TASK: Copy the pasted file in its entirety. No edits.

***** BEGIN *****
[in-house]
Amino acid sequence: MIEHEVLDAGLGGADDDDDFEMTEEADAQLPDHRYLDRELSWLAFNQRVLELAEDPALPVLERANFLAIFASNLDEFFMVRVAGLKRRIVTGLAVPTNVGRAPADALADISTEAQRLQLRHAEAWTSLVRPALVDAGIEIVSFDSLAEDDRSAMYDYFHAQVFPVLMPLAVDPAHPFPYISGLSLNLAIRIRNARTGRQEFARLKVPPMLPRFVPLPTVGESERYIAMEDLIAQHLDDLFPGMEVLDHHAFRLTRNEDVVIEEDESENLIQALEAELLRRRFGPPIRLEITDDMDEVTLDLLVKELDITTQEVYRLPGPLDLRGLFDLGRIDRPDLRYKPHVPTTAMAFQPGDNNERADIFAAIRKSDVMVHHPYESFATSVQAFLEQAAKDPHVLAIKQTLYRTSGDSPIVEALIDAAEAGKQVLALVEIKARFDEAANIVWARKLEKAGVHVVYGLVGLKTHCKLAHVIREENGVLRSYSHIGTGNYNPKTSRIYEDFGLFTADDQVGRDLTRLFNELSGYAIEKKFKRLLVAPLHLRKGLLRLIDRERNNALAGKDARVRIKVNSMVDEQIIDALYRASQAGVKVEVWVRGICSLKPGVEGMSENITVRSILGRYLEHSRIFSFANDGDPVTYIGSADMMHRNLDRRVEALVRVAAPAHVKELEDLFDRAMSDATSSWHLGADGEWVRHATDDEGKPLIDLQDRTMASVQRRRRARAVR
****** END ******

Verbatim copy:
[in-house]
Amino acid sequence: MIEHEVLDAGLGGADDDDDFEMTEEADAQLPDHRYLDRELSWLAFNQRVLELAEDPALPVLERANFLAIFASNLDEFFMVRVAGLKRRIVTGLAVPTNVGRAPADALADISTEAQRLQLRHAEAWTSLVRPALVDAGIEIVSFDSLAEDDRSAMYDYFHAQVFPVLMPLAVDPAHPFPYISGLSLNLAIRIRNARTGRQEFARLKVPPMLPRFVPLPTVGESERYIAMEDLIAQHLDDLFPGMEVLDHHAFRLTRNEDVVIEEDESENLIQALEAELLRRRFGPPIRLEITDDMDEVTLDLLVKELDITTQEVYRLPGPLDLRGLFDLGRIDRPDLRYKPHVPTTAMAFQPGDNNERADIFAAIRKSDVMVHHPYESFATSVQAFLEQAAKDPHVLAIKQTLYRTSGDSPIVEALIDAAEAGKQVLALVEIKARFDEAANIVWARKLEKAGVHVVYGLVGLKTHCKLAHVIREENGVLRSYSHIGTGNYNPKTSRIYEDFGLFTADDQVGRDLTRLFNELSGYAIEKKFKRLLVAPLHLRKGLLRLIDRERNNALAGKDARVRIKVNSMVDEQIIDALYRASQAGVKVEVWVRGICSLKPGVEGMSENITVRSILGRYLEHSRIFSFANDGDPVTYIGSADMMHRNLDRRVEALVRVAAPAHVKELEDLFDRAMSDATSSWHLGADGEWVRHATDDEGKPLIDLQDRTMASVQRRRRARAVR